Feeling the Heat: New Reasonable Notice of Termination Qualifier Used by Courts

As summer gets a little hotter, employers may begin to feel the heat; firing employees in the summer may require an increase in the reasonable notice period.

Feeling the Heat: New Reasonable Notice Qualifier Used by the Court

In the recent case of Fraser v. Canerector Inc., the Ontario Superior Court of Justice ruled to increase the period of reasonable notice owed to an employee by 50% based on the time of year that his termination occurred. This decision marks a novel addition to the question of reasonable notice. In these hot summer months, employers might be feeling the heat if they are considering making any staff changes.

While it has long been clear that reasonable notice is to be determined on a case-by-case basis, until now this consideration heavily relied on the factors laid out in Bardal v. Globe & Mail Ltd. Traditionally, these factors have included the age of the employee, the position which he/she had held at the company, the length of his/her employment and his/her compensation prior to termination. Post-Fraser, however, it now seems that “time of year” can be added to this list.

Reasonable Notice increased by 50%

In this case, Mr. Fraser was a 46 year old man who had been working as a senior executive for a company for a period of 34 months with a salary of $205,000 per year plus benefits. He was dismissed in June 2014. The court held that due to the fact that he was dismissed in the summer, a time in which it would likely be more difficult to secure new employment, his reasonable notice period should be substantially increased. The Court noted that, using the typical factors for determining reasonable notice, Mr. Fraser would only have been entitled to a notice period of 3 months. However, with the additional consideration of the timing of the termination, it concluded that the proper term of reasonable notice was an extended 4.5 months.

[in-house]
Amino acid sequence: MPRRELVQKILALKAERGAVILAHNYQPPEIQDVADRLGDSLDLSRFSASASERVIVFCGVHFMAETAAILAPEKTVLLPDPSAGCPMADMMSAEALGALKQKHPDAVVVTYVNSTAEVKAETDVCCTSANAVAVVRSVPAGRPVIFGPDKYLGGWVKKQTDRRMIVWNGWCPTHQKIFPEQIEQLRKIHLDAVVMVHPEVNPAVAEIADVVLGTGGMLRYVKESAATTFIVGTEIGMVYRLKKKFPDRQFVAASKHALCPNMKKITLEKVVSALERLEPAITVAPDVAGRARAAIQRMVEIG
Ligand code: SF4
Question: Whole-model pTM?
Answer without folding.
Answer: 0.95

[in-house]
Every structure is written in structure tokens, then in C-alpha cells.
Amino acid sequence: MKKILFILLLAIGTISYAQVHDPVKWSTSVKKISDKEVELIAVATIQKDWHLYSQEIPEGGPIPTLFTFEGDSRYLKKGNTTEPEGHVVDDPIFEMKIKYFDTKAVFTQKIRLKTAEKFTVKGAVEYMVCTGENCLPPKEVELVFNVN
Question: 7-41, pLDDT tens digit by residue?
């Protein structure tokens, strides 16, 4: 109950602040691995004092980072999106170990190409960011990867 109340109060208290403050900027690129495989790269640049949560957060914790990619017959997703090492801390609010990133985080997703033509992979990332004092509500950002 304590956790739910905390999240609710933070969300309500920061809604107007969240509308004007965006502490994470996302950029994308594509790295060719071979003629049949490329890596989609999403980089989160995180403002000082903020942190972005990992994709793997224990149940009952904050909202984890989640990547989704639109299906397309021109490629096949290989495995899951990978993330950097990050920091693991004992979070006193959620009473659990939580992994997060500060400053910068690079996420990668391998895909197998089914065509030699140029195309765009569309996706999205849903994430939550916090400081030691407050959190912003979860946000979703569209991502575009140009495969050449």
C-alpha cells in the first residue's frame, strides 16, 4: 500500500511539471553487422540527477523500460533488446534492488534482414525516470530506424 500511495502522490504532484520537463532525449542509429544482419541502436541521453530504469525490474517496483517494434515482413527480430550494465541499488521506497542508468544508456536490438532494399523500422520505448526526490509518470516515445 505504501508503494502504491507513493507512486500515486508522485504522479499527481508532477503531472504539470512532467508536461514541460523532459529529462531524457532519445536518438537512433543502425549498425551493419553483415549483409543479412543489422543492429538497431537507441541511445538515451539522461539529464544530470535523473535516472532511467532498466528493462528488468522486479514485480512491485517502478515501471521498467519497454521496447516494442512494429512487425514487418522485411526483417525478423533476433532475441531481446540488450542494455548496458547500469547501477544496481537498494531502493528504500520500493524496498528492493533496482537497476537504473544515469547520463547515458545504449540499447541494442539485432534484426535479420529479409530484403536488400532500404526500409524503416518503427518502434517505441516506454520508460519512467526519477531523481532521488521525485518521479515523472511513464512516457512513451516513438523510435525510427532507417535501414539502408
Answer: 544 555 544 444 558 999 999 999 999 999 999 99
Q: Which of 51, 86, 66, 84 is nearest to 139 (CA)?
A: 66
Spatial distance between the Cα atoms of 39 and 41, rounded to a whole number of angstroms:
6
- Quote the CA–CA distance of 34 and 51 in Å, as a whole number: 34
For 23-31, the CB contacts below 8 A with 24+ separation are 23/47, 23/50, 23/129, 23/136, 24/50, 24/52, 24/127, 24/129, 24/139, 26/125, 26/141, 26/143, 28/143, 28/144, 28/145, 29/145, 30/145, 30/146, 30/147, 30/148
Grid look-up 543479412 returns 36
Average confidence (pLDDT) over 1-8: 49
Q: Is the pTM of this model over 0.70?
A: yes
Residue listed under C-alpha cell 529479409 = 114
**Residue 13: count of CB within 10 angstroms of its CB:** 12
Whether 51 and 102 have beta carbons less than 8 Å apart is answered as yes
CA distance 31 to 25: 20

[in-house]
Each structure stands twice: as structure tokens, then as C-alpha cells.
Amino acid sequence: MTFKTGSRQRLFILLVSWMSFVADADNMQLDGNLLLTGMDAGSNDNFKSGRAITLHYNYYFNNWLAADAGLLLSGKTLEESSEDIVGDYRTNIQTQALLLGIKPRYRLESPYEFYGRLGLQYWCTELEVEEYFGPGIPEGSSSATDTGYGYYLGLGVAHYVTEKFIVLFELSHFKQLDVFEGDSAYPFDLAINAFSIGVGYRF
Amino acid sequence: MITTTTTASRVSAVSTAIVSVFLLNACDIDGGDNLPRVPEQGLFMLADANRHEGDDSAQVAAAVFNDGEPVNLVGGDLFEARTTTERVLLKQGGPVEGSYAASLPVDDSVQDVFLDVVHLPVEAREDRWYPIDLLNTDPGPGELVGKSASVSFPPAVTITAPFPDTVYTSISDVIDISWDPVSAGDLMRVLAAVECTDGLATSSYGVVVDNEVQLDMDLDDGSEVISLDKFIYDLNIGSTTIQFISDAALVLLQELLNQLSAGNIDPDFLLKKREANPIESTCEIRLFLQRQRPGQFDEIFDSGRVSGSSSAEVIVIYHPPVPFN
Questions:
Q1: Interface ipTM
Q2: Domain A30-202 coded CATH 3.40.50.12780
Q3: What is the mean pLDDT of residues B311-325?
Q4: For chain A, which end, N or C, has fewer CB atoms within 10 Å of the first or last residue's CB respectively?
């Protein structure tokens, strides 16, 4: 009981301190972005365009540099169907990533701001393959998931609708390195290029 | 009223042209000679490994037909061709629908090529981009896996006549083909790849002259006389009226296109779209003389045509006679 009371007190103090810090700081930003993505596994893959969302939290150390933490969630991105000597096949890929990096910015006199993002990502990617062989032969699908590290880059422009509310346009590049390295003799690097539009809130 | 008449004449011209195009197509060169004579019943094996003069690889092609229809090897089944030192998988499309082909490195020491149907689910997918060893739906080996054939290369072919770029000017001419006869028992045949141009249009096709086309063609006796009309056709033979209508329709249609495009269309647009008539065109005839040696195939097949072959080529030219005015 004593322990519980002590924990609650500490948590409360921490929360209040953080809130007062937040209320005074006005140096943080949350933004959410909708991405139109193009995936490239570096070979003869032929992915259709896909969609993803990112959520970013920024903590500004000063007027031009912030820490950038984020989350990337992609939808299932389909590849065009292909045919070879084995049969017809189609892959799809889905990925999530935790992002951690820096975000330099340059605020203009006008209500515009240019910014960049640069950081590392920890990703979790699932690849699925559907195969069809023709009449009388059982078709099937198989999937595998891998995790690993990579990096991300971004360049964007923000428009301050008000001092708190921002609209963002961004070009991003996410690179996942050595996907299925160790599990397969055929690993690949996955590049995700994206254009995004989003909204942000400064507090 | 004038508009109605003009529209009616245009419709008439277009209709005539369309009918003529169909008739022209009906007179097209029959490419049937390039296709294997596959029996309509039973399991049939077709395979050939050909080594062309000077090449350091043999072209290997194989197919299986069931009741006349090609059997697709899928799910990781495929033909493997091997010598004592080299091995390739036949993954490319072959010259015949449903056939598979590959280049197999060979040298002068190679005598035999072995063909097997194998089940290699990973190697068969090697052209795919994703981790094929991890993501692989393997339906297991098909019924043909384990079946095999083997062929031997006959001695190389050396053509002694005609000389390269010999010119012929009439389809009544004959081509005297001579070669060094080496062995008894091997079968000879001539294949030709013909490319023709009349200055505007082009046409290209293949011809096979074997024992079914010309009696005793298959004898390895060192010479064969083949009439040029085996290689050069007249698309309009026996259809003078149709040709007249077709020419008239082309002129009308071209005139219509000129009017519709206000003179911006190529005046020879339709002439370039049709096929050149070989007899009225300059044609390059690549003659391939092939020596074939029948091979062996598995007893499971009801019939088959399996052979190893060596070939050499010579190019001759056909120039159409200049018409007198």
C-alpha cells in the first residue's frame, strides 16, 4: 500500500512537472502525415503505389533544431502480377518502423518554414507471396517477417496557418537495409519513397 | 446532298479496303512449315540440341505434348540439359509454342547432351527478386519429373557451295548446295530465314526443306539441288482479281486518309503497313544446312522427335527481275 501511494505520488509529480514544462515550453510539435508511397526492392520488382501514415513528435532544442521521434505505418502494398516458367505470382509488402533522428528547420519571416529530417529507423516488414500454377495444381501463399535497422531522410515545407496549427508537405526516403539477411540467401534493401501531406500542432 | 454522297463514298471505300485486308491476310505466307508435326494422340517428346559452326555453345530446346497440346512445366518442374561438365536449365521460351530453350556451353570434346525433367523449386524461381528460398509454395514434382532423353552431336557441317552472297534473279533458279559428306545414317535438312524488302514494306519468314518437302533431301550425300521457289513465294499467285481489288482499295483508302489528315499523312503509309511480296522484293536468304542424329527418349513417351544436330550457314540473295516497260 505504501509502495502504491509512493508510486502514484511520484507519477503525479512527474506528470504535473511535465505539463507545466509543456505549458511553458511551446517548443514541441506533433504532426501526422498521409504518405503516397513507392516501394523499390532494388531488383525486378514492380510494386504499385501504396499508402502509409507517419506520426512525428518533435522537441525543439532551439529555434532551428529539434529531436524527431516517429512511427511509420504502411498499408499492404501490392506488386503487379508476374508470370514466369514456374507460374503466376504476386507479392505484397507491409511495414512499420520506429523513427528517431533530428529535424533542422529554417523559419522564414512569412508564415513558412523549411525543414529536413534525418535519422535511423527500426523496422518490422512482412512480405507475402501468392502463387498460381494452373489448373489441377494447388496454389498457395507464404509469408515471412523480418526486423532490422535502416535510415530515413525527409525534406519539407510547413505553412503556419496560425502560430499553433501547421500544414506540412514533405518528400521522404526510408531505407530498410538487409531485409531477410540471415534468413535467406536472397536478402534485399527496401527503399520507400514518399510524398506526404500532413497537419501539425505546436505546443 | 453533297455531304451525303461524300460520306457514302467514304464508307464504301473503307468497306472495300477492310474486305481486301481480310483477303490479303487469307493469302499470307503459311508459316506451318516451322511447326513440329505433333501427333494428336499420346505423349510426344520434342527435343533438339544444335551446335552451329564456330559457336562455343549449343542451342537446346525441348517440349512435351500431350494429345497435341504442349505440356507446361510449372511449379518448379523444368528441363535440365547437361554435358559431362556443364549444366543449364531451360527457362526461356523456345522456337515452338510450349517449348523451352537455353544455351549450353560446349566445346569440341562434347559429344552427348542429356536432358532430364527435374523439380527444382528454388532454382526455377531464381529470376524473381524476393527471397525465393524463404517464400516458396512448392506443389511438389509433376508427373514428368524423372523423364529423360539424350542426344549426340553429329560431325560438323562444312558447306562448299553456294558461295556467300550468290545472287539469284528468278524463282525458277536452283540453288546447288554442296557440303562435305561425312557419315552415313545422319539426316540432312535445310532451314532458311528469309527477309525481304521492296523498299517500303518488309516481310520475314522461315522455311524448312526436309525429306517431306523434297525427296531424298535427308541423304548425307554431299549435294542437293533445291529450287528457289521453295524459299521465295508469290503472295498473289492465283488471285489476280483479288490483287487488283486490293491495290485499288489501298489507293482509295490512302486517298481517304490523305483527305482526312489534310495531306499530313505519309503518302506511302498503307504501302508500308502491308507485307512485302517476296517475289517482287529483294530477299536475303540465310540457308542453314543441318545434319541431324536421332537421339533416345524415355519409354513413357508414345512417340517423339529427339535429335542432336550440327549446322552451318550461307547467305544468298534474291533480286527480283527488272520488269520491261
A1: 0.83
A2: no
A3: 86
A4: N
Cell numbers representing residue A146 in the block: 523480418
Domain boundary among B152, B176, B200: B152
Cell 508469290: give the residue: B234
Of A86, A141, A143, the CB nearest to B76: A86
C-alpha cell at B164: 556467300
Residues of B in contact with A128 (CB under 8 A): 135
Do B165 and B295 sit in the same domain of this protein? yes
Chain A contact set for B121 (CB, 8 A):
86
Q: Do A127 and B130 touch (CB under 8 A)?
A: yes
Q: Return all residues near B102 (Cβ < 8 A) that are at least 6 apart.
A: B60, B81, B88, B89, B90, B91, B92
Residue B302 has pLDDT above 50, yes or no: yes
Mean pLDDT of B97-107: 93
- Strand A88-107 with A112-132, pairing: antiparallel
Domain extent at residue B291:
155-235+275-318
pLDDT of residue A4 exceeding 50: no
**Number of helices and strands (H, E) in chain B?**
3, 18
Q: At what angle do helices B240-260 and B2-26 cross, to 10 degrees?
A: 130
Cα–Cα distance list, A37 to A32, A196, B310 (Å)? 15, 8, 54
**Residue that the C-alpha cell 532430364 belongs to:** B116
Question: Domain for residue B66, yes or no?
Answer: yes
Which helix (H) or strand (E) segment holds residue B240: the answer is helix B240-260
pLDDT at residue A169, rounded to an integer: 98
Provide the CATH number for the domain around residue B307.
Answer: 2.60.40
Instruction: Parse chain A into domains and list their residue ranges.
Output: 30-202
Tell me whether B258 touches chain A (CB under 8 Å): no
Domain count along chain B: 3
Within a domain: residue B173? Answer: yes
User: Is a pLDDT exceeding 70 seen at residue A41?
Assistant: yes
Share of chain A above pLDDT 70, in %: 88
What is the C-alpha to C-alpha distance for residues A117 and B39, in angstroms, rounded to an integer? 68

Illuminating his reasoning, Justice Dunphy explained that because Mr. Fraser had been fired in June, it was “quite foreseeable that hiring decisions at his level might have needed to be delayed somewhat due to the summer months in order to account for vacation schedules of key decision-makers.” In other words, had Mr, Fraser been terminated during the winter, he would not have experienced the negative impact of a slow summer while searching for a new position.

The Court did not explicitly discuss if the “time of termination” would have a similar effect on non-management and clerical positions, but a key component of this decision was the suggestion that the persons who would likely hire Mr. Fraser would be unavailable during the summer months. This suggests that the “seasonal factor” will be of greater consideration when considering the termination of a senior, executive, or management employee.

What about mitigation efforts?

Notably, although Mr. Fraser was able to secure new employment in a period of only 10 weeks, the Court still considered the impact of the termination timing in its decision. As such, there has now been a clear signal that any factors affecting a person’s ability to secure new and/or similar employment should be considered and reflected in the determination of reasonable notice, notwithstanding successful mitigation efforts.

Thinking of firing a senior employee this summer? Think again.

With case-by-case determinations, determining reasonable notice remains a fluid issue. The “rule of thumb” approach to reasonable notice of one month per year of service has been repeatedly rejected by the courts, and this case underscores how subjective this determination can be.

In the termination context, the first line of defence is always a properly drafted employment agreement with valid and enforceable termination provisions; however, absent such an agreement, employers must assess their exposure and potential reasonable notice damages.  With the Fraser decision now in play, employers may want to carefully consider the timing in which they choose let certain employees go, as warmer weather may mean increased notice requirements, and as such, increased liability for employee compensation.

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Prepared with the assistance of Danielle Levine, Summer Student

Cassandra Da Re is a Corporate and Commercial Leasing Lawyer at Dale & Lessmann LLP, Toronto, Ontario, Canada, a full service business law firm. To speak to Cassandra please call 416-369-7843 or send an email message to her at cdare@dalelessmann.com